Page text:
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Electrical Overstress, or EOS, has become a widely-used term over the past few years. However, a lot of people are still unsure as to what exactly it is and how it differs from ElectroStatic Discharge (ESD). Today’s blog post is intended to put an end to the confusion.
What is Electrical Overstress?
One huge problem with Electrical Overstress, or EOS, is the fact that people use the phrase in different ways. Up until now there has been no widely recognised definition. A White Paper on EOS published by the Industry Council on ESD Target Levels in 2016 uses the following definition: “An electrical device suffers an electrical overstress event when a maximum limit for either the voltage across, the current through, or power dissipated in the device is exceeded and causes immediate damage or malfunction, or latent damage resulting in an unpredictable reduction of its lifetime.“
Simplified, EOS is the exposure of a component or PCB board to a current or voltage beyond its maximum ratings. This exposure may or may not result in a catastrophic failure.
ElectoStatic Discharge (ESD) versus Electrical Overstress (EOS)
You can compare an ESD event with a knocked-over glass of water on a floor: you’ll get a small puddle but once all the water has spilt from the cup, it’s gone. There is no more water left and the damage is fairly limited. [Source]
ESD can be compared to a knocked-over glass of water
However, an EOS event can be compared to an open tap; there may be just a little drip in comparison but there is an unlimited amount of water available. After a while, the entire floor may be flooded and could cause some serious damage. As you can see, EOS events last several magnitudes longer than most ESD events. [Source]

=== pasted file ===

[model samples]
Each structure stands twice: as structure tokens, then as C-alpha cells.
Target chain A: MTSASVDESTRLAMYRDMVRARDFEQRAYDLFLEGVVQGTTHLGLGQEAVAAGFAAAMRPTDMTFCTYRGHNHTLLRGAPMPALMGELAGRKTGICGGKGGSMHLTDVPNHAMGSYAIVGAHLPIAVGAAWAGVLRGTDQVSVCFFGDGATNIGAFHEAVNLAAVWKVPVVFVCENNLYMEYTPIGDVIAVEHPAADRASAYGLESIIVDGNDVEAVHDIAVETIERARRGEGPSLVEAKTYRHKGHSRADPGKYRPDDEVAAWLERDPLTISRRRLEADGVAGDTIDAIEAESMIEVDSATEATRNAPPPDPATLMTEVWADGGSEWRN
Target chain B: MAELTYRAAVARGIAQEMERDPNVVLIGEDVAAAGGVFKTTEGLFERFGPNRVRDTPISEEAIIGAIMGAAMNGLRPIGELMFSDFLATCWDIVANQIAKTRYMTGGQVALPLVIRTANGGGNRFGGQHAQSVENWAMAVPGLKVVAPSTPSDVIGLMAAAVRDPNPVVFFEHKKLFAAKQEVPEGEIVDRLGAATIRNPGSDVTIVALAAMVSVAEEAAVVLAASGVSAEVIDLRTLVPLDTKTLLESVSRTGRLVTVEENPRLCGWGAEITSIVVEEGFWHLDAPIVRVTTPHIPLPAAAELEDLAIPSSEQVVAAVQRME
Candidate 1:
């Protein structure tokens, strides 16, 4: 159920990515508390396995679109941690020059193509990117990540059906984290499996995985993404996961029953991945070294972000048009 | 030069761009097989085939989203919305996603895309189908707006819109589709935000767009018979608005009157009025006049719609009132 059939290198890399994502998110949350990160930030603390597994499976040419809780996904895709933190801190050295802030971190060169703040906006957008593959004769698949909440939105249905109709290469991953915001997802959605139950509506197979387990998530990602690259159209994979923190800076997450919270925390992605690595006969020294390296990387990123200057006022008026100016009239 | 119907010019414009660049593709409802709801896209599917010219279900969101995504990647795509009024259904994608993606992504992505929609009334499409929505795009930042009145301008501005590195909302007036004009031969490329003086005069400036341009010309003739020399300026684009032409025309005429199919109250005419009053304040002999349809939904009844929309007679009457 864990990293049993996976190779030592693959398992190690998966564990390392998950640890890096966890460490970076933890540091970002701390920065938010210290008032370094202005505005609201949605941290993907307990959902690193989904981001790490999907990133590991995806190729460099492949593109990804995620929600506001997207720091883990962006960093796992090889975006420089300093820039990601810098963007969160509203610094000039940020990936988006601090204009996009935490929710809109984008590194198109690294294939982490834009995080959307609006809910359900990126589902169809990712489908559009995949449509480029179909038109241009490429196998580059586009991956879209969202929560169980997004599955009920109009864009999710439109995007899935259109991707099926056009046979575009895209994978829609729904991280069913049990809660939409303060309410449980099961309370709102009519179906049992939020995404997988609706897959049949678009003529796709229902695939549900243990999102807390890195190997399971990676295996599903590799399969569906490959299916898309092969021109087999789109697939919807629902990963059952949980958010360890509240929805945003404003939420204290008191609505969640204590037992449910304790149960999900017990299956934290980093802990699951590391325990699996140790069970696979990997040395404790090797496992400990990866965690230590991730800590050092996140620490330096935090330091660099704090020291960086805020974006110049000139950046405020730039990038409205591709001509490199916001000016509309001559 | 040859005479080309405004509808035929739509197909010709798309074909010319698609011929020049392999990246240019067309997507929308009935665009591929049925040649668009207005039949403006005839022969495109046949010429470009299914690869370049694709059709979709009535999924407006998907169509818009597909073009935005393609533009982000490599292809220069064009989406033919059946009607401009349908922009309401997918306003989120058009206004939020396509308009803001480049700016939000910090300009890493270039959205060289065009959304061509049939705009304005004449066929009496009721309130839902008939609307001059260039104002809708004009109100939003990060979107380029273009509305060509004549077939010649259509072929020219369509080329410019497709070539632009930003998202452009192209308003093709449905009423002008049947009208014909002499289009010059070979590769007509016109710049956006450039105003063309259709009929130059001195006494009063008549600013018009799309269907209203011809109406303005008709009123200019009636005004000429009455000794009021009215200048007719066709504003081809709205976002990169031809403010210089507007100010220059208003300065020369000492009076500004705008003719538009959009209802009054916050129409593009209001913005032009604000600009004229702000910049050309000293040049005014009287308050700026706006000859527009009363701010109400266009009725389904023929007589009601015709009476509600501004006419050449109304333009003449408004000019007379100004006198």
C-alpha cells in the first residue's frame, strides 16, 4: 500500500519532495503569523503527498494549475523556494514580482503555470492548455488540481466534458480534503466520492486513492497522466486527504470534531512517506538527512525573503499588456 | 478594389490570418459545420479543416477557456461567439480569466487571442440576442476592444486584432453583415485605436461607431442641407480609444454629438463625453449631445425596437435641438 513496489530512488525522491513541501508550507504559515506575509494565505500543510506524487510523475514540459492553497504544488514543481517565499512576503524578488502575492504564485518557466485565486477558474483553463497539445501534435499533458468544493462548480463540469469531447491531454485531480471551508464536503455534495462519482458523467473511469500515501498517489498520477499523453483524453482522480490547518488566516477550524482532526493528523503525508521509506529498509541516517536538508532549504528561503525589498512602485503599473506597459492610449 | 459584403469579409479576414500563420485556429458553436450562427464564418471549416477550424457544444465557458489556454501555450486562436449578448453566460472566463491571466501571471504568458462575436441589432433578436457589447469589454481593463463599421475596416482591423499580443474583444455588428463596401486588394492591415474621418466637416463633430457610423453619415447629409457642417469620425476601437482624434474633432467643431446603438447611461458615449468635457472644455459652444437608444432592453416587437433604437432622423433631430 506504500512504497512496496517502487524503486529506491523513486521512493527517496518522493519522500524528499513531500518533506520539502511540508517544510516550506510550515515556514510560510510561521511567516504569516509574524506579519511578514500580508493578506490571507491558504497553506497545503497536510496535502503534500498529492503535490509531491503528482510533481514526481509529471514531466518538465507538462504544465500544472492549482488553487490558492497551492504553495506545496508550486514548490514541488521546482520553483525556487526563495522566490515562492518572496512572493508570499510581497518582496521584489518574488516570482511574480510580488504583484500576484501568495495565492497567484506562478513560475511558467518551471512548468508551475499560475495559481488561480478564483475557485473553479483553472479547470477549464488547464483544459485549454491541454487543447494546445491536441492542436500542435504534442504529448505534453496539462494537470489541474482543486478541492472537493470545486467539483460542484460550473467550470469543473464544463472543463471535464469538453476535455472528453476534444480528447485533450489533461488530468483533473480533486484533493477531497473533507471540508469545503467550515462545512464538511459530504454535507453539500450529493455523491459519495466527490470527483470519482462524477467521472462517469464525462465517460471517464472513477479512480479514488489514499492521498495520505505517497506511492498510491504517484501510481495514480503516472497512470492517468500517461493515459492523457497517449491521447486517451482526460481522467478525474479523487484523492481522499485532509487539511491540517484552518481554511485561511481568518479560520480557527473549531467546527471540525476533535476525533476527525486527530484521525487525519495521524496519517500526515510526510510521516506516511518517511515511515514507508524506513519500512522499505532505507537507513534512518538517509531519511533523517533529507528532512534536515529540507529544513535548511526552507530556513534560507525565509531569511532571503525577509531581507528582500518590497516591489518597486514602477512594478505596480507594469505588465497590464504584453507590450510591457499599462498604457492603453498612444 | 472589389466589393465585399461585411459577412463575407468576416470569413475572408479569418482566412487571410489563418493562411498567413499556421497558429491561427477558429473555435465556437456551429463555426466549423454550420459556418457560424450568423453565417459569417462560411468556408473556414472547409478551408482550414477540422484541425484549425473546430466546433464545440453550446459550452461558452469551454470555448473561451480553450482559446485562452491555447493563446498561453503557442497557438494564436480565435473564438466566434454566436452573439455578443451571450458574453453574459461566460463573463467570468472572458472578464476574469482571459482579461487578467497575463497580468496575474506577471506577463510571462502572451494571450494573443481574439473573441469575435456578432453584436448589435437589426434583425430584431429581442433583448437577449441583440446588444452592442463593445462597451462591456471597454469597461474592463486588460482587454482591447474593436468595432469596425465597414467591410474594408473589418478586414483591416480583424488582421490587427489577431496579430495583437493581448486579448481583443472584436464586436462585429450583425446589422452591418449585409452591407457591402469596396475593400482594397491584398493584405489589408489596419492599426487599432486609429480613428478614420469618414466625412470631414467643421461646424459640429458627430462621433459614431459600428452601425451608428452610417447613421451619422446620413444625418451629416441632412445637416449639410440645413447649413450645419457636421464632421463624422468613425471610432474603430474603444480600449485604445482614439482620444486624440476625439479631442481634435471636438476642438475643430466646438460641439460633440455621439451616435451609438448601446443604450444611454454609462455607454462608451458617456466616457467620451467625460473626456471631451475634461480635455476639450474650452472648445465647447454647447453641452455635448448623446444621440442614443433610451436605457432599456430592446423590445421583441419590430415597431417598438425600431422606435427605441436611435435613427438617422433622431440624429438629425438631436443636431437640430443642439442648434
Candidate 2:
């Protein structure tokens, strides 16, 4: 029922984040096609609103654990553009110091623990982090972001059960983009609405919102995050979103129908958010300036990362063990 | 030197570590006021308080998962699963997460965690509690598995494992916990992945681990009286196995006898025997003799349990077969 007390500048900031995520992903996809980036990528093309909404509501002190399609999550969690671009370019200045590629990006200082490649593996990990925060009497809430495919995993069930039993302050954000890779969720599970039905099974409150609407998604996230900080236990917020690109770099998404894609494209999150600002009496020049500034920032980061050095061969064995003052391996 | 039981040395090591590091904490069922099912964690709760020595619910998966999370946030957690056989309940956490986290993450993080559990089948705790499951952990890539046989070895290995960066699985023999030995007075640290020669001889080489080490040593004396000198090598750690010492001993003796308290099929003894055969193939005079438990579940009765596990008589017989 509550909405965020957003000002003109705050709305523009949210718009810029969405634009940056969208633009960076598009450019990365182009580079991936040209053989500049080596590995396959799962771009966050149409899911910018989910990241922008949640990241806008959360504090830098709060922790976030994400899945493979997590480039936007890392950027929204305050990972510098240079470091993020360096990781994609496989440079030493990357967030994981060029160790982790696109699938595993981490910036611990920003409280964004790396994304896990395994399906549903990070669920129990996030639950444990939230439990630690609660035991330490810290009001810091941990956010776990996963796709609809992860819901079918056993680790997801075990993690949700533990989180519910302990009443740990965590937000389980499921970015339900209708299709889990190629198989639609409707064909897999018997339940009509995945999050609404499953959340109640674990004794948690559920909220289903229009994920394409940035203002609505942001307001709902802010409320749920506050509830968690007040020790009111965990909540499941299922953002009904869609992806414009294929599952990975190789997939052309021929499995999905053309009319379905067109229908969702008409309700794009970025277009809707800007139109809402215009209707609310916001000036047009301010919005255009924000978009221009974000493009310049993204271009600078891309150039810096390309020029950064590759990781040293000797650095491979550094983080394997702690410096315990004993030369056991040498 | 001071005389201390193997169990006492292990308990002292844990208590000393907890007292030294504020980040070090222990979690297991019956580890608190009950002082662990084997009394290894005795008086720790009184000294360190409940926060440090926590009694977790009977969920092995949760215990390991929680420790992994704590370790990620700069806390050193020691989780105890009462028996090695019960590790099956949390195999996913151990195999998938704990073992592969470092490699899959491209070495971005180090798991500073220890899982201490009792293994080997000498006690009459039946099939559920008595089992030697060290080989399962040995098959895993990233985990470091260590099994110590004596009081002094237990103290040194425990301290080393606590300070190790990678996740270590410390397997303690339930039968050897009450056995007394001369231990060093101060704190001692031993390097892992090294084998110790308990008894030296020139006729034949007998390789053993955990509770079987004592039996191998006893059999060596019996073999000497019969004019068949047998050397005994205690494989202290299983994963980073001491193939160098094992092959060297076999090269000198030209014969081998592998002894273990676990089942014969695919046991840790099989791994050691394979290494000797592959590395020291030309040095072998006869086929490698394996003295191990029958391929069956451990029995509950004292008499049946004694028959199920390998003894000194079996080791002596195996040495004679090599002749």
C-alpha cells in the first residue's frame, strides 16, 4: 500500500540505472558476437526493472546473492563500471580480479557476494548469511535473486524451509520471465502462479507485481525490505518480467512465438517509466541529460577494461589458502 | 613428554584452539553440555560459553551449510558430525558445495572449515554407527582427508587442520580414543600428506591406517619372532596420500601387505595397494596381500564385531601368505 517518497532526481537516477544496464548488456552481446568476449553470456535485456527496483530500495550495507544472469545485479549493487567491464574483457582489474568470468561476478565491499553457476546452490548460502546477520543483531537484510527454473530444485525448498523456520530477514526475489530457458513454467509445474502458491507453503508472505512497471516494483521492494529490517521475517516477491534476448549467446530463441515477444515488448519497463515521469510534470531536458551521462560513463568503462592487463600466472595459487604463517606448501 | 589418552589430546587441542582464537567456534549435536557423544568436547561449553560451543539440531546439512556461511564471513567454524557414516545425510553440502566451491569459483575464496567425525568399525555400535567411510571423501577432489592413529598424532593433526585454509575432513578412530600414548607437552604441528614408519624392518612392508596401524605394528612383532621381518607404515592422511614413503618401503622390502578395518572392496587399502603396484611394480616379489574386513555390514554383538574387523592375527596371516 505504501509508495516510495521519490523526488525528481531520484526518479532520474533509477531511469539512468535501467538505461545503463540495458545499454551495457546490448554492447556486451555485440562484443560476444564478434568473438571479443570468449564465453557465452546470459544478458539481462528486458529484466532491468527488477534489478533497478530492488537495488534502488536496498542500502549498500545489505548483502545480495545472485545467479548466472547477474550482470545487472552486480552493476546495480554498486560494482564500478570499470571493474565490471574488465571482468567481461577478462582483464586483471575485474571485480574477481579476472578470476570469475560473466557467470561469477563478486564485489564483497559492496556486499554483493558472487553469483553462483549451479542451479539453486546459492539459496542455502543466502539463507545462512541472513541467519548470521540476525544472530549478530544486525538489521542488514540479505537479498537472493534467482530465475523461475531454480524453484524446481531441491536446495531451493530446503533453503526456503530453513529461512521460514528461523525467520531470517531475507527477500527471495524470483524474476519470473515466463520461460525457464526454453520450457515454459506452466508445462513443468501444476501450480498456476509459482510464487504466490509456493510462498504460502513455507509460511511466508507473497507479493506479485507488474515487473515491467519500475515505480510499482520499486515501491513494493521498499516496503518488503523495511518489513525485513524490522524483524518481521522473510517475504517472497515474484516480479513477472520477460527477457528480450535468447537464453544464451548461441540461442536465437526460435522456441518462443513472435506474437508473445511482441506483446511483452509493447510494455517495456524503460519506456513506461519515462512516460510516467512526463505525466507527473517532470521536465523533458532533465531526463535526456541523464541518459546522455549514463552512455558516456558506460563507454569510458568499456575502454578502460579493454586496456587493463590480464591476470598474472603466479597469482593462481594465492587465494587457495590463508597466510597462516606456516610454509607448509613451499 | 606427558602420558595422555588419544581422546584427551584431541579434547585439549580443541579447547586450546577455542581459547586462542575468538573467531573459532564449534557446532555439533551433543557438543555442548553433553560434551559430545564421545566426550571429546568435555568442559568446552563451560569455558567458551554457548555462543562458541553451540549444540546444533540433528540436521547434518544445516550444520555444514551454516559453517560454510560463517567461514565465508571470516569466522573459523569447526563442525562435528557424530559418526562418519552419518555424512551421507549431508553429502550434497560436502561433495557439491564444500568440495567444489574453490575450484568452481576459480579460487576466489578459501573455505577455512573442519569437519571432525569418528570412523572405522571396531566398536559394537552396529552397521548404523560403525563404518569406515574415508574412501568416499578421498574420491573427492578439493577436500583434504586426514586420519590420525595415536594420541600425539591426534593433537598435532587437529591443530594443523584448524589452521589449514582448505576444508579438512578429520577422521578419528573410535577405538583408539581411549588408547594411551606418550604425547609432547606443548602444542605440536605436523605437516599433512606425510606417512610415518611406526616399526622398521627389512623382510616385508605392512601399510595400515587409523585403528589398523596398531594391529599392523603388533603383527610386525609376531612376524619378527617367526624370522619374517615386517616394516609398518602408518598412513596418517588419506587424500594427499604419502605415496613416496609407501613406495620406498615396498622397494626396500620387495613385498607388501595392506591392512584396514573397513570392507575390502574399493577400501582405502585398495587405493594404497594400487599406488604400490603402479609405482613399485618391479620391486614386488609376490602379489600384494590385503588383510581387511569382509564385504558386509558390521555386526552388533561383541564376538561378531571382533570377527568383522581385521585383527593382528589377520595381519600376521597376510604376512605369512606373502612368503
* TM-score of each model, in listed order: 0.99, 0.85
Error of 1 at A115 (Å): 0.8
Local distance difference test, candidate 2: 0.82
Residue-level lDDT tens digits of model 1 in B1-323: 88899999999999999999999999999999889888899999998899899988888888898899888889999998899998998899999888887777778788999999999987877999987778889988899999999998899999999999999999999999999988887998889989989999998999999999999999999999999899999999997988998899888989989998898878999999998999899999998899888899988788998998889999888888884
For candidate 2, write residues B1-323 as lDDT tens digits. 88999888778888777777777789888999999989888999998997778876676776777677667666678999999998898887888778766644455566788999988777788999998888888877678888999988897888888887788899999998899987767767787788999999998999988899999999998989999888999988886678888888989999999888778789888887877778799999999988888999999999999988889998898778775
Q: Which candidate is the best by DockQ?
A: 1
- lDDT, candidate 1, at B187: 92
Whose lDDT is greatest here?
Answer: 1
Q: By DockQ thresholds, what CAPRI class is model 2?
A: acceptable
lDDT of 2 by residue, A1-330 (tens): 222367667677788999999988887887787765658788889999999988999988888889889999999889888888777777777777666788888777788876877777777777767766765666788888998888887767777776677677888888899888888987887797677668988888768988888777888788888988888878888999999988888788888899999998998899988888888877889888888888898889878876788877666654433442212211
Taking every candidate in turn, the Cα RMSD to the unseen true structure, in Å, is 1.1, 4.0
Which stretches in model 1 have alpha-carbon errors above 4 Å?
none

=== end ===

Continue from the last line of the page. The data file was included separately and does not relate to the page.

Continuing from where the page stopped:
EOS can be compared to a dripping tab
By many, ESD is seen as just one type of electrical stress. EOS on the other hand, describes a wide number of outcomes resulting from multiple stresses or root causes. ESD does not require a “victim” or damaged product. There will be an ESD event if two objects are at different charge levels and a rapid, spontaneous transfer of an ElectroStatic charge between them occurs. An electrical stress can only become an overstress (as in EOS) if we’re aware of how much stress the “victim” (i.e. sensitive device) can withstand. One specification used to document these limits is the “Absolute Maximum Rating” (AMR). More on that in a little while. Back to EOS and ESD for now. The below image highlights the relationship and contrast between EOS and ESD:
Relationship between EOS and ESD [Source]
Generally speaking, EOS describes extreme signals other than ESD. The following table lists the main differences:
|ESD Event||EOS Event|
Rapid discharge of accumulated charge
|Voltage and/or currents associated with operation of equipment or with power generating equipment|
|Duration||Once accumulated charge is consumed, ESD event can no longer manifest itself||Lasts as long as originating signals; no inherent limitation|